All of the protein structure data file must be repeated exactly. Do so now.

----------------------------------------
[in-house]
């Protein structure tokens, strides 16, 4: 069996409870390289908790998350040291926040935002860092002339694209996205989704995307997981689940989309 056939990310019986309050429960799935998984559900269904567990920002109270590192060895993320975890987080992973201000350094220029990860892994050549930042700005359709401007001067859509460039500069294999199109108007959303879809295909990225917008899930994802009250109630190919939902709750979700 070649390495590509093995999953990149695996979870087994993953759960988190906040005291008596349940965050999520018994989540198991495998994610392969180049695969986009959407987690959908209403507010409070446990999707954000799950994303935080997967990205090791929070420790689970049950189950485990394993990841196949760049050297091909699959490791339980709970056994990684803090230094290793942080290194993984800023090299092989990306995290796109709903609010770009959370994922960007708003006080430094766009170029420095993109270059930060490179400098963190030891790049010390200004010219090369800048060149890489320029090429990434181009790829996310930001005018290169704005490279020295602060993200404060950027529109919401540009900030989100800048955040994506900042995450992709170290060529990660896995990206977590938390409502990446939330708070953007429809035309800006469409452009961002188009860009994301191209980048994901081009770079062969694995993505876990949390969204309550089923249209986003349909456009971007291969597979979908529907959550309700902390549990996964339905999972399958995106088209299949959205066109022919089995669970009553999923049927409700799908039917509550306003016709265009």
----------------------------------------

[in-house]
């Protein structure tokens, strides 16, 4: 069996409870390289908790998350040291926040935002860092002339694209996205989704995307997981689940989309 056939990310019986309050429960799935998984559900269904567990920002109270590192060895993320975890987080992973201000350094220029990860892994050549930042700005359709401007001067859509460039500069294999199109108007959303879809295909990225917008899930994802009250109630190919939902709750979700 070649390495590509093995999953990149695996979870087994993953759960988190906040005291008596349940965050999520018994989540198991495998994610392969180049695969986009959407987690959908209403507010409070446990999707954000799950994303935080997967990205090791929070420790689970049950189950485990394993990841196949760049050297091909699959490791339980709970056994990684803090230094290793942080290194993984800023090299092989990306995290796109709903609010770009959370994922960007708003006080430094766009170029420095993109270059930060490179400098963190030891790049010390200004010219090369800048060149890489320029090429990434181009790829996310930001005018290169704005490279020295602060993200404060950027529109919401540009900030989100800048955040994506900042995450992709170290060529990660896995990206977590938390409502990446939330708070953007429809035309800006469409452009961002188009860009994301191209980048994901081009770079062969694995993505876990949390969204309550089923249209986003349909456009971007291969597979979908529907959550309700902390549990996964339905999972399958995106088209299949959205066109022919089995669970009553999923049927409700799908039917509550306003016709265009």